Ed Connolly spent his entire four year Major League career as a reserve catcher for the Boston Red Sox. His career was not terribly distinctive, but he does have one thing going for him to make him at least somewhat memorable. He is mostly known for being one-half of one of the rare father-son duos to each play for the Red Sox.
Connolly was young when he first made it, he spent just two years in the minors and made his Major League debut at just 21. He was a decent hitter for a catcher in the minors and Boston signed him before his second season was complete. He ended up playing in just five games for the Red Sox in 1929, but did not register a hit in eight plate appearances.
He would gradually play more and more games each of his next three seasons in the Majors. In 1930, he played in 27 games and hit .188/.250/.229 with two doubles and seven RBIs. He played in 42 games in 1931, but his numbers were actually worse as he hit just .075/.131/.086 with three RBIs. He was almost a regular in 1932 and his numbers were better, but he still hit a paltry .225/.289/.297 with eight doubles and 21 RBIs. His lack of hitting led to an early exit from the game. He ended his career with a line of .178/.239/.229 with no home runs, 12 doubles, four triples, and 34 RBIs.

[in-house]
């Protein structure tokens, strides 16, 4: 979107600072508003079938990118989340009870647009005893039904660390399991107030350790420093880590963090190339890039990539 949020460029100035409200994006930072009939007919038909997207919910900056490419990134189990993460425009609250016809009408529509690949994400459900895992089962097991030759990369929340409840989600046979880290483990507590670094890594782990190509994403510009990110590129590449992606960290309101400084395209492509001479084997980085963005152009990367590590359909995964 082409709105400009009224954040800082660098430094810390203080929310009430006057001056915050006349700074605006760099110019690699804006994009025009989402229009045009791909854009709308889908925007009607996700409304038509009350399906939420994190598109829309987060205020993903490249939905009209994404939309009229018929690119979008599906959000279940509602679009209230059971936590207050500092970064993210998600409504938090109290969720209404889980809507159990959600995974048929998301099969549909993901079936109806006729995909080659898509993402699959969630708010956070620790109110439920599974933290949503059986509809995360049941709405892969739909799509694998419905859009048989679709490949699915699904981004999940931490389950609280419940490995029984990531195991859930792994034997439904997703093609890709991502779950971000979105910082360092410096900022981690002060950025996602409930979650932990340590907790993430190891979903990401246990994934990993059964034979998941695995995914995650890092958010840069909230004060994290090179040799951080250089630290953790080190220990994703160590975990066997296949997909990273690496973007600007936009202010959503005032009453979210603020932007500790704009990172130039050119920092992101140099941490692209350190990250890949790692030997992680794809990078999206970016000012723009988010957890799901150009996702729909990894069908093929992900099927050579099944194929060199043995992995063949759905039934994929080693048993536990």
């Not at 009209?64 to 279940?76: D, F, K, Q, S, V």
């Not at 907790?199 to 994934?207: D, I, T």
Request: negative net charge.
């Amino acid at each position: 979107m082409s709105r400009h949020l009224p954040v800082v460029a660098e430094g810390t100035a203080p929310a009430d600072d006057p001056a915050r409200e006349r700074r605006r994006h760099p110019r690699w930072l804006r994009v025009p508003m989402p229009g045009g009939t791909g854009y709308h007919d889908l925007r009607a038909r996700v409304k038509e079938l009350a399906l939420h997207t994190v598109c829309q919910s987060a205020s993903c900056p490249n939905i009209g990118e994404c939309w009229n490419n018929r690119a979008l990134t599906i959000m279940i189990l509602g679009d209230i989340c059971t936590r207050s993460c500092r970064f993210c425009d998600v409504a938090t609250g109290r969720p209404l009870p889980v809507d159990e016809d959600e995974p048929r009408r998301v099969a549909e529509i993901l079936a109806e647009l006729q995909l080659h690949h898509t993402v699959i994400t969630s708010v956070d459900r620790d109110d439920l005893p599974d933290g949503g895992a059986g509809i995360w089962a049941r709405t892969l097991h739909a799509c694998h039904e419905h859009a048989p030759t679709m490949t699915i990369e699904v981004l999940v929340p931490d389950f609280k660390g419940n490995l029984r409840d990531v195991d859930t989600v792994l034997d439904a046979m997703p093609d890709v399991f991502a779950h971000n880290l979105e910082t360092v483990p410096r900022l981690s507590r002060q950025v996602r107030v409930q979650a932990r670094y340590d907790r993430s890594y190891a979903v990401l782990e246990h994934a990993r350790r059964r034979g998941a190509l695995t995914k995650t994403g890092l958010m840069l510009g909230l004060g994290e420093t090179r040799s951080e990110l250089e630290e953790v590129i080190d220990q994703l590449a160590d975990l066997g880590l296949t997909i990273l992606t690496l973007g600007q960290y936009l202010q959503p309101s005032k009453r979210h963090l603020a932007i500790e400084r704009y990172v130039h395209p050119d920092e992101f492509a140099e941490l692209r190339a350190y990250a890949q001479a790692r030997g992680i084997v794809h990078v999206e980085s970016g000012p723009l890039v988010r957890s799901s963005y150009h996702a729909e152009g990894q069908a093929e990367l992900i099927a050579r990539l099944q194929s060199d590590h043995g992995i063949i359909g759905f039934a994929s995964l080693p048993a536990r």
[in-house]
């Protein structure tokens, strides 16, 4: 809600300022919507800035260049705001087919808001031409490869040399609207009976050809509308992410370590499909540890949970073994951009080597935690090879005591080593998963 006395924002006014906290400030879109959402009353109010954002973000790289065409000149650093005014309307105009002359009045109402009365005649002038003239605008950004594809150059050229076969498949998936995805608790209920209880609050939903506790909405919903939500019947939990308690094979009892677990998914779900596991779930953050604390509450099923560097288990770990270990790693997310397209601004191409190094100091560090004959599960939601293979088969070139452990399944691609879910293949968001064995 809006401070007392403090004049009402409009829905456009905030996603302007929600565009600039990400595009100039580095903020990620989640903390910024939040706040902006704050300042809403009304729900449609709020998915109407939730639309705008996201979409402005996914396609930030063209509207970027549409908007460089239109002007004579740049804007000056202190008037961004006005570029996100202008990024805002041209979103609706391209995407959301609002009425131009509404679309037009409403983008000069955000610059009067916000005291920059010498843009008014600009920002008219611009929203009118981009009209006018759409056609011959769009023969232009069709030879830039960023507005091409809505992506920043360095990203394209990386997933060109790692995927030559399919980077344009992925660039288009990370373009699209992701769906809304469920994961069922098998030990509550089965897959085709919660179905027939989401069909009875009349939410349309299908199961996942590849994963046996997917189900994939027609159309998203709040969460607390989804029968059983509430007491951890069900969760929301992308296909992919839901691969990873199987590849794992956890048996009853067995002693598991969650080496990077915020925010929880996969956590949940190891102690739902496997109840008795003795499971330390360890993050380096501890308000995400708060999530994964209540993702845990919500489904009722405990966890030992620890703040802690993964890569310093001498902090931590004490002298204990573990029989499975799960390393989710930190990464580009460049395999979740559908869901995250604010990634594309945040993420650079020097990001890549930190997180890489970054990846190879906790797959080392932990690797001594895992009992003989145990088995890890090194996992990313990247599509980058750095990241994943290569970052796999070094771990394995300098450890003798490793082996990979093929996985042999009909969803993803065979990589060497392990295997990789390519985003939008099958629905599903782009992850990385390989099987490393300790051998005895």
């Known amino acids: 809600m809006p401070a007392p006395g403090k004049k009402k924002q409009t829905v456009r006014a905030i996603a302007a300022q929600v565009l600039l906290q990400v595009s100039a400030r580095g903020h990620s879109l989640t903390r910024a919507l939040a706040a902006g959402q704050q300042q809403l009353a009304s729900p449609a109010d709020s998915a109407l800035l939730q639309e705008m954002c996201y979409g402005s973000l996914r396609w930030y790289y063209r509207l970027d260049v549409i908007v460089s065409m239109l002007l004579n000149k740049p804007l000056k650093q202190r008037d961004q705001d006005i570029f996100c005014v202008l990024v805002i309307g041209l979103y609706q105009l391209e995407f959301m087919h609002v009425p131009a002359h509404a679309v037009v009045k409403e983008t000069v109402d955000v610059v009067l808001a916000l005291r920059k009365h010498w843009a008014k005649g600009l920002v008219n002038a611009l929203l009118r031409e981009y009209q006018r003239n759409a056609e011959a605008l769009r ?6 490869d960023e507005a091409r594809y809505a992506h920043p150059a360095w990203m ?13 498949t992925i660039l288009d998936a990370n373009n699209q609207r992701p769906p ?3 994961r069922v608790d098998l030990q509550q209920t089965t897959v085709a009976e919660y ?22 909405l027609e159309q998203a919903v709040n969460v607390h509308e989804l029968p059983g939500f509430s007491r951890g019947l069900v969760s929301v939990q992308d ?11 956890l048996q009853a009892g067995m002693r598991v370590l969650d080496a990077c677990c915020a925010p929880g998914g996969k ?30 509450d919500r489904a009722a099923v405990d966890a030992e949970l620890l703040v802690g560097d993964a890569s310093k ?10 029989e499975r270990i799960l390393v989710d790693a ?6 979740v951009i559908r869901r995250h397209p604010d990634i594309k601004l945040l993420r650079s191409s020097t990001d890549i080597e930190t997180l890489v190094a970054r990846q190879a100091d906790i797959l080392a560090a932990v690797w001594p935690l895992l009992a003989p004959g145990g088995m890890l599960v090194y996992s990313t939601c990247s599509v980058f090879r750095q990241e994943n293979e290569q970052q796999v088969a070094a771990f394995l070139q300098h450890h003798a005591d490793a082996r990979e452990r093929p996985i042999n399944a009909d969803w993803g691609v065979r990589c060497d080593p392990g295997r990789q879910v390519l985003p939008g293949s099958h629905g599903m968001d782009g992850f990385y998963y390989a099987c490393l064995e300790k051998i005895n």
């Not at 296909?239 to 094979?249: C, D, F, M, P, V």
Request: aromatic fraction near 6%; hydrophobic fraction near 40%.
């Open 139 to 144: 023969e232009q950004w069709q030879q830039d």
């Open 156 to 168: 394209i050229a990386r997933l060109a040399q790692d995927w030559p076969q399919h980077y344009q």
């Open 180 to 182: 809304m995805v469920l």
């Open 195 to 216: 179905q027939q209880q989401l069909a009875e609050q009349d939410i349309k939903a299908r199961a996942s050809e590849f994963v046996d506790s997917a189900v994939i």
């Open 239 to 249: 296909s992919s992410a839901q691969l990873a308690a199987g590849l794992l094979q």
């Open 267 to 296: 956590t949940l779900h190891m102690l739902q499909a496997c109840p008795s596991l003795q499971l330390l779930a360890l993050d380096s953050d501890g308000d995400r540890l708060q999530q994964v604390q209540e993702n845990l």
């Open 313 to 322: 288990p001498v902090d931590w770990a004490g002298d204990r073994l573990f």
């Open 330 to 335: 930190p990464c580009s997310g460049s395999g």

Connolly's defensive abilities were much more impressive than his hitting. For his career, he caught 41% of attempted base stealers and he was among the top five in the league assists in 1932, though he was also in the top five in errors committed and stolen bases allowed.
His son, Ed Connolly Jr., also had a brief career in the Majors. He pitched parts of two seasons in the Majors, with the Red Sox in 1964 and the Indians in 1967. Connolly Jr. was 4-11 with a 4.91 ERA with the Red Sox. Unfortunately, Ed Connolly Sr. died before ever seeing his son pitch in the Majors. He died in November of 1963 and Ed Jr. made his ML debut in April 1964.